Chris Whitty, England’s Chief Medical Officer, highlighted the ‘substantial higher burden of physical and mental health conditions’ in coastal towns, drawing similarities between resort towns like Blackpool, and Hastings, Skegness and Torbay.
After the report was published, Hastings Borough Council said the town needs action and support ‘to address the issues and inequalities raised’.
The report found older, retired citizens often settle in coastal regions but without the same access to healthcare as urban inland areas which may be located nearby. In small seaside towns, 31 per cent of residents were aged 65 or over in 2019, compared to 22 per cent in smaller non-coastal towns.
The report also found a difficulty in attracting NHS and social care staff to peripheral areas. Coastal communities had 14.6 per cent fewer postgraduate medical trainees, 15 per cent fewer consultants and 7.4 per cent fewer nurses per patient than the national average.
Hastings Borough Council said: “We welcome the Chief Medical Officer’s report which highlights the inequalities coastal towns like Hastings face.
“We have been lobbying for additional support over many years to ensure our residents have the same quality of life and life expectancy that others enjoy only a few miles from here. It is recognised that COVID has increased the divide within our society and it is an essential part of recovering from this pandemic that these issues are addressed properly.
“While the publication of this report is a good starting point, we need action and support to address the issues and inequalities raised. This would benefit not only the residents of Hastings and other coastal towns, but the overall health across the entire country.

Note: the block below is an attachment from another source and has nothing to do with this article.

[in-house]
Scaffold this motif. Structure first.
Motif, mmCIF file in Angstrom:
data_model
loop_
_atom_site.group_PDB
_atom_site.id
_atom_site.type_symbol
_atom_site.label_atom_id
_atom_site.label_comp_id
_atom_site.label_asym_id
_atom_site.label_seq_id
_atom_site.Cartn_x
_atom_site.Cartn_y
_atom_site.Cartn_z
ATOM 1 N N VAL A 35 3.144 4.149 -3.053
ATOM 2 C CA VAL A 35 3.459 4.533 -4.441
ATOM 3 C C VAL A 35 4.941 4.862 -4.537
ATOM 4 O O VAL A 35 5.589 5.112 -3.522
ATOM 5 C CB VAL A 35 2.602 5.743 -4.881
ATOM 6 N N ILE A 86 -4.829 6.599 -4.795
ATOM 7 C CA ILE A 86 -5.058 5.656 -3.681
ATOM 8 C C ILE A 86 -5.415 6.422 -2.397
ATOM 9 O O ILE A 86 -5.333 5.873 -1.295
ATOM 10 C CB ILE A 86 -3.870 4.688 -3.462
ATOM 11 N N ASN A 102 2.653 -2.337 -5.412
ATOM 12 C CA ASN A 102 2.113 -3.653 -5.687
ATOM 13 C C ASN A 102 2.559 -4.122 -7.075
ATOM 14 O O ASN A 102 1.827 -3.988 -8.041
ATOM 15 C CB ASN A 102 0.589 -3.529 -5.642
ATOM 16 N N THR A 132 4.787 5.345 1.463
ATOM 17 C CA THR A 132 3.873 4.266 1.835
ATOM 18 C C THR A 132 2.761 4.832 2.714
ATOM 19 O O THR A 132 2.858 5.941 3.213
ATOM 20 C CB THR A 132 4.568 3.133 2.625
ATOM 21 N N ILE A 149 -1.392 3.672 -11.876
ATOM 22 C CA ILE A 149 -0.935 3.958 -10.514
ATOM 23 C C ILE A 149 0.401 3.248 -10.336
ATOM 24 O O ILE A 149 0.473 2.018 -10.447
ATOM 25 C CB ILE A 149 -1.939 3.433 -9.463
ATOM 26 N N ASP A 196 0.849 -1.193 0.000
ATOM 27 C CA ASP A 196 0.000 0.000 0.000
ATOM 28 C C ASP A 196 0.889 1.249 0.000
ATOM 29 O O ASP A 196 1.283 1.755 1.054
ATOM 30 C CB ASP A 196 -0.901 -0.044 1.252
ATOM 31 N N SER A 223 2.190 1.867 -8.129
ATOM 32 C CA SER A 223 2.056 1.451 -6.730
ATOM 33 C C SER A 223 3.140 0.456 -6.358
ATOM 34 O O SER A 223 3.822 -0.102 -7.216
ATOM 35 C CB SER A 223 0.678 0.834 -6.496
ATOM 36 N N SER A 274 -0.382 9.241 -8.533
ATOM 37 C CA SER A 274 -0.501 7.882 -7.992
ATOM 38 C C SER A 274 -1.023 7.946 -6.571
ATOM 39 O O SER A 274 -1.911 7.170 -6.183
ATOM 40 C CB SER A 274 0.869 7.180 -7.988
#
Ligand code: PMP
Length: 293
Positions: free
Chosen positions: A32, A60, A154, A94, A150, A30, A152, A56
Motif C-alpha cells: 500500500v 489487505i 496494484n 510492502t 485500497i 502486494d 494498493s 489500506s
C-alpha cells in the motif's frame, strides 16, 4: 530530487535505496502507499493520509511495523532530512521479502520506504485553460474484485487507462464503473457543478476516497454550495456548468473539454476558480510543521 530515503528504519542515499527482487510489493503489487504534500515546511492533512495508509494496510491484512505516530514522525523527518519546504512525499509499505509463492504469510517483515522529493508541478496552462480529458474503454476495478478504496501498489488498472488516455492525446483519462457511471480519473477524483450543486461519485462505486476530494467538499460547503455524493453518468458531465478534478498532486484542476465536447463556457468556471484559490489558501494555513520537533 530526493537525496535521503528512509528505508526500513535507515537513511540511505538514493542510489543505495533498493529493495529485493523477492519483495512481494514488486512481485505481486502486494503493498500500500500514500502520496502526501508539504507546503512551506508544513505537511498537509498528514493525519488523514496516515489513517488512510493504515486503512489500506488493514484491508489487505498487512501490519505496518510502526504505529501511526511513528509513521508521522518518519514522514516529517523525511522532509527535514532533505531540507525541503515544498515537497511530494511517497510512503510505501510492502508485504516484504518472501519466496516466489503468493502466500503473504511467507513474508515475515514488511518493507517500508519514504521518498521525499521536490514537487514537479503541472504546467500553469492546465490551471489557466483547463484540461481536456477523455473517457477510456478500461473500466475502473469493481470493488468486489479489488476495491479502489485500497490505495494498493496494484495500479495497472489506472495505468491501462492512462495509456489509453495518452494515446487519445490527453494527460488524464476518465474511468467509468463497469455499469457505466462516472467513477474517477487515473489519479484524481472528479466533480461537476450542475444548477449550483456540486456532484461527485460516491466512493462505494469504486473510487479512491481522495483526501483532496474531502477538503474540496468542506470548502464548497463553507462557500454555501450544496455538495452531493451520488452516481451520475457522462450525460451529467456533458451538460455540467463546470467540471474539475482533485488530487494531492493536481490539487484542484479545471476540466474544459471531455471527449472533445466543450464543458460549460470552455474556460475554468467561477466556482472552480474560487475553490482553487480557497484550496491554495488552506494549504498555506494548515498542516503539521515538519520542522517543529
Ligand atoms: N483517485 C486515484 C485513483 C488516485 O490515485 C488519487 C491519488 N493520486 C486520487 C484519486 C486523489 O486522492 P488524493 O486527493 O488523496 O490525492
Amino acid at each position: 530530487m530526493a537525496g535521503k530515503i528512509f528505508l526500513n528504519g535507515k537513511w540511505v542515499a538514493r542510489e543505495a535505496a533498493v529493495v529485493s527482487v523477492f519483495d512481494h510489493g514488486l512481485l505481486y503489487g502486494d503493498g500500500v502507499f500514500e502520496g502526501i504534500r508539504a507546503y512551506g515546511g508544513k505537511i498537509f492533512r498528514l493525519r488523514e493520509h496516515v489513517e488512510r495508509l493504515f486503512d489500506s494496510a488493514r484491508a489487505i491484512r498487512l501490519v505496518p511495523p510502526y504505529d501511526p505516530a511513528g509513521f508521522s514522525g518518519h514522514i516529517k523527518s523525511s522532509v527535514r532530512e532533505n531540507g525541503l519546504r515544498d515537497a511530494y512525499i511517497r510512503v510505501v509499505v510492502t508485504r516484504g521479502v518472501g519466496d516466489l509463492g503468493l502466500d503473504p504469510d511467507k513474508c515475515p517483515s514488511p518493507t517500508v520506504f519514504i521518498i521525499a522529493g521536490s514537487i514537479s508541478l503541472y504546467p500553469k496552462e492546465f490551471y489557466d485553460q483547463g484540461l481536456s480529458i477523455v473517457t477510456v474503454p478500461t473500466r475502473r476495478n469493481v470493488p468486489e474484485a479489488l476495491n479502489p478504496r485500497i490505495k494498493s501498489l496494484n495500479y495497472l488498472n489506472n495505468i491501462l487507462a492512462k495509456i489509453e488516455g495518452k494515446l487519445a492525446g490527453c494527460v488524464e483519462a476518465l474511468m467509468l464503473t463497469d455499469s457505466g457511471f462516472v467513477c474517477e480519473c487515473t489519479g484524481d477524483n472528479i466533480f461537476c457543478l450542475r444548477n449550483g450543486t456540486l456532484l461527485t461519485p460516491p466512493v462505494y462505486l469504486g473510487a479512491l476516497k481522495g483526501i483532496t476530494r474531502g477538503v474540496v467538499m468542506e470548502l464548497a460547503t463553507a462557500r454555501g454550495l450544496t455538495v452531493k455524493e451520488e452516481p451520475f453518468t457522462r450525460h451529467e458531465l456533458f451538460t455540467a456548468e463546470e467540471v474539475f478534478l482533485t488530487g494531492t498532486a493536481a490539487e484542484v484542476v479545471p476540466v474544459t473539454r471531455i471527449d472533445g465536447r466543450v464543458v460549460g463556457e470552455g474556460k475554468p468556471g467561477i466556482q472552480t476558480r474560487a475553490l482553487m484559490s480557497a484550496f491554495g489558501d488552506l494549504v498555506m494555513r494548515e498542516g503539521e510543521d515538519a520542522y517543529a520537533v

“As a council, we are playing our part on the Town Deal board. With our additional £24m funding through the Town Deal, our Town Investment Plan aims to make Hastings a ‘healthy, vibrant and quirky seaside town that people love to visit, live and work in’. This is an opportunity for us to build on the town’s strengths, pushing to achieve that vision.
“We also continue to work with other organisations including the NHS and public health to tackle these health inequalities so that our residents can live their lives in good health, reaching their full potential.”
Cllr Kim Forward, leader of the council, added: “Hastings is a wonderful town, in a beautiful location. We have a vibrant and creative community, and our sense of authentic seaside life is very attractive to the many people who have moved here to live and work in the last few years. But many long-standing residents have also fallen behind, held back by poor life chances including inadequate education, training and employment opportunities. So it’s not surprising how poor many residents health is.
“We welcome this report, it is an honest and timely study, and it will help us in our determination to close the gap here between the haves and the have nots.”